Some people will do whatever it takes to avenge the wrongs that have been committed against their loved ones, even if it means putting their own life in danger. This is certainly the case with the main character, Jake, in the upcoming action romance thriller ‘The Girl from the Naked Eye,’ which is scheduled to hit select theaters on Friday. While Jake’s determination to seek revenge for the death of his true love, he further enters an underground world of prostitution that threatens his own well-being.
‘The Girl from the Naked Eye,’ which was directed by David Ren, follows Jake (Jason Yee), an ex-gambler who is trying to pay off a debt by working as a driver for The Naked Eye. The private gentleman’s club fronts for a prostitution ring, and Jake is stuck in his existence there. However, his life changes when he meets Sandy (Samantha Streets), an innocent misguided runaway, and the two form an unlikely bond and give each other the will to strive for a better life.
However, when Sandy is murdered, Jake vows to stop at nothing to find her killer. He risks everything in order to uncover the truth. Jake must survive as he uncovers lies, clues and his own feelings about Sandy.
Actress Dominique Swain, who played Alissa in ‘The Girl from the Naked Eye,’ generously took the time to speak with us over the phone about the film. She discussed, among other things, what attracted her to the role, what kind of restrictions the limited budget had on filming and her working relationships with Yee and Ren.
ShockYa (SY): You play Alissa in ‘The Girl from the Naked Eye.’ What was it about the character and the script that convinced you to take on the role?
Dominique Swain (DS): Well, I’m sort of a wholesome addition in a film that’s rated R for violence, nudity and language, and is very graphic (laughs). So I’m the little breath of fresh air, which is difficult when you’re playing a prostitute who’s falling on hard times. (laughs)
But script was actually very, very different than how the film turned out. Some of the story-lines didn’t really make it into the final edit.
SY: Were there any story-lines that didn’t make it that would have benefited the film, or do you feel the final cut portrayed the story accurately?
DS: I thought the final cut was very strong. I think they found out in editing what the film was really about. Ultimately, it’s a love story.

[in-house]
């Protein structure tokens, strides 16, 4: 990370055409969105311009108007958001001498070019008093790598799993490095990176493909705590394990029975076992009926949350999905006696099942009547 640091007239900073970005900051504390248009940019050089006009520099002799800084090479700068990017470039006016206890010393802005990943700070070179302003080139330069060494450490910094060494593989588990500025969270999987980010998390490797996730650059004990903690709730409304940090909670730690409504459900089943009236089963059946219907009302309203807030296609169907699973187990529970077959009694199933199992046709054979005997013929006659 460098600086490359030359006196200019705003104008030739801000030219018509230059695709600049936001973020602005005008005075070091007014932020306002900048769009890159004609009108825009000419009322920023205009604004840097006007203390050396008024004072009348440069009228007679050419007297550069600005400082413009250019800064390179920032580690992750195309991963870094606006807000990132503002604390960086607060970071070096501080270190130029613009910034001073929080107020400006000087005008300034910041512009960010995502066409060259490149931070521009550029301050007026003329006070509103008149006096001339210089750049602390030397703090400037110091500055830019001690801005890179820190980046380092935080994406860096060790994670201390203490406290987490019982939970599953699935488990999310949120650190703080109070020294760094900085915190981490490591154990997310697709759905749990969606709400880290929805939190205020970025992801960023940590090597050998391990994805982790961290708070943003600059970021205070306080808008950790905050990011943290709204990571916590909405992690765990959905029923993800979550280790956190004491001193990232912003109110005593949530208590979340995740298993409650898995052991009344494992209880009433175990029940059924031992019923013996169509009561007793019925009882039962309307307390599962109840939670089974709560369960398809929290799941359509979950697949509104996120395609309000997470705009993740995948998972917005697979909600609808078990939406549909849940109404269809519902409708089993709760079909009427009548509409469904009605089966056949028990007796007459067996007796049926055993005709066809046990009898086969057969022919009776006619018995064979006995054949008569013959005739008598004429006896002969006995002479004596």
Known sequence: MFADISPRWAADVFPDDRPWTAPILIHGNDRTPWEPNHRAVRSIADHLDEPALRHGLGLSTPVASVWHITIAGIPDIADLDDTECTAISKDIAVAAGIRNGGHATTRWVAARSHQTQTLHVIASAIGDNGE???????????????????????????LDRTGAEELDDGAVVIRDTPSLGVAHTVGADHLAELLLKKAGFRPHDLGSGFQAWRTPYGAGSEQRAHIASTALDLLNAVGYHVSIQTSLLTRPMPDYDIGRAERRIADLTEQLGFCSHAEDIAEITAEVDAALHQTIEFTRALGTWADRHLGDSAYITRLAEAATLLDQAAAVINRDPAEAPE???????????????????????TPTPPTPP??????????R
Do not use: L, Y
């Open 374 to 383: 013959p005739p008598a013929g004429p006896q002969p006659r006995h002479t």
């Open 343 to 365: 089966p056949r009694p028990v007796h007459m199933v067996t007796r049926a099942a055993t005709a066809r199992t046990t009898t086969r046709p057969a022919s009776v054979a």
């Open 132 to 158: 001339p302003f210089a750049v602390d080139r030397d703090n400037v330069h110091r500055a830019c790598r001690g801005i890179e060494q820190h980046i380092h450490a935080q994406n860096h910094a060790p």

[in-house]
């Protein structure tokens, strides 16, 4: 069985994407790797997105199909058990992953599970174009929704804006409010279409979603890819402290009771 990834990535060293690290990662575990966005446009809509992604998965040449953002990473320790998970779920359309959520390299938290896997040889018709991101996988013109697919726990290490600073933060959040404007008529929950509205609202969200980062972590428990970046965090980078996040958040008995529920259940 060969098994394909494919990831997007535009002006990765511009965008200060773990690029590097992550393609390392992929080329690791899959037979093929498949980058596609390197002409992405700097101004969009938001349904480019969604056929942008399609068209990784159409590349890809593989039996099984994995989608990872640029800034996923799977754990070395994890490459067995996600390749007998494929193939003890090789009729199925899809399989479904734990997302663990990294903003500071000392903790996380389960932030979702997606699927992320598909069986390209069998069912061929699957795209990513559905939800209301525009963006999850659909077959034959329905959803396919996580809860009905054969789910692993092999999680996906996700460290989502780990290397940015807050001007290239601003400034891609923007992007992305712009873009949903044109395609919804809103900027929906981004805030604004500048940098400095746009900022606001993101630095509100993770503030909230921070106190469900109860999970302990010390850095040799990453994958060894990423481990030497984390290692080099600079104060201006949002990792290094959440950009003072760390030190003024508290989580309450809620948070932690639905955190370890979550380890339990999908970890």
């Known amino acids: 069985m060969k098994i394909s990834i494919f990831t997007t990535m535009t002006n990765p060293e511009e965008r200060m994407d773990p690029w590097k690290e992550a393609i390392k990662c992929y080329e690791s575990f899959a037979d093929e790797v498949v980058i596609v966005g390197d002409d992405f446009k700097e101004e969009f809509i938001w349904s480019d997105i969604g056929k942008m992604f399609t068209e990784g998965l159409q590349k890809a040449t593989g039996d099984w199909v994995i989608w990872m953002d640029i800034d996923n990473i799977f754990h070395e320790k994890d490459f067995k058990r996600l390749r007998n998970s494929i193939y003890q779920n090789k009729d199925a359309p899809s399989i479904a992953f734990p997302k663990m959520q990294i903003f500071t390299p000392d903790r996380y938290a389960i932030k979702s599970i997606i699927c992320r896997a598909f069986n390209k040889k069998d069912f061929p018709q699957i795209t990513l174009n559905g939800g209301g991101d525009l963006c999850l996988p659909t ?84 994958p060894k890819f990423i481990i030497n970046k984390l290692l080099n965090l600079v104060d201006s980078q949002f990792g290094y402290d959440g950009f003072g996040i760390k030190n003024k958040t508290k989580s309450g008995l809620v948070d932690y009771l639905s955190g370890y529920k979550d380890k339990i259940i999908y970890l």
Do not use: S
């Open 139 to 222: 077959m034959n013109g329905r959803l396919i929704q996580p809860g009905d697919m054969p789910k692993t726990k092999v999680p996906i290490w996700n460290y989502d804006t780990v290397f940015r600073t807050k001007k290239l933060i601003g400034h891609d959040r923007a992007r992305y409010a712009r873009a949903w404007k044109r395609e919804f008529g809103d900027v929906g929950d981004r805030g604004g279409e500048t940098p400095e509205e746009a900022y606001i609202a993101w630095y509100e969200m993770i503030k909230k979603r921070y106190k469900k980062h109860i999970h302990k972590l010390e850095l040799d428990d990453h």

I was supposed to have a death scene in it, but I didn’t. (laughs) So that was kind of interesting. But mainly I play a girl who helps the main character, Jake, figure out the mystery with my basic knowledge of detective work.
SY: Like you said, the film is a romance story, but the movie also features several fight scenes and action. So do you feel that the movie balances the romance and the action together?
DS: I think it’s a perfect balance of romance and action. It’s a vigilante, revenge story. The character of Jake is an anti-hero who’s avenging the death of his true love.
It plays through the dark underworld, and the fight sequences are very impressive. They go on for a long time without any editing. For one of the scenes, and I won’t ruin it for anyone who hasn’t seen the film, the scene where he fights three cops in the hallway, it goes on for minutes. (laughs) They’re beating each other with night sticks. It’s like, I don’t want to fight that guy.
SY: The film had a limited budget of a little over $1 million. Did that place any kind of limitations on what you could shoot, particularly in the fight sequences?
DS: You know, it came out looking beautiful. I wasn’t involved in the action sequences, I only got to watch. But it seemed sometimes, there wasn’t enough time to turn the camera around, or to get some of the shots that they thought they needed.
But it played very stylistically, instead. But there was a lot of focus on the lead character, instead of who he was talking to. But I think, just upon watching the film, they did an excellent job. The look of the movie is very comic book and graphic novel, very surreal. It’s really fabulously done.
SY: Like you said, the film has a graphic novel feel, which has been popular in recent years. Why do you think people like that genre?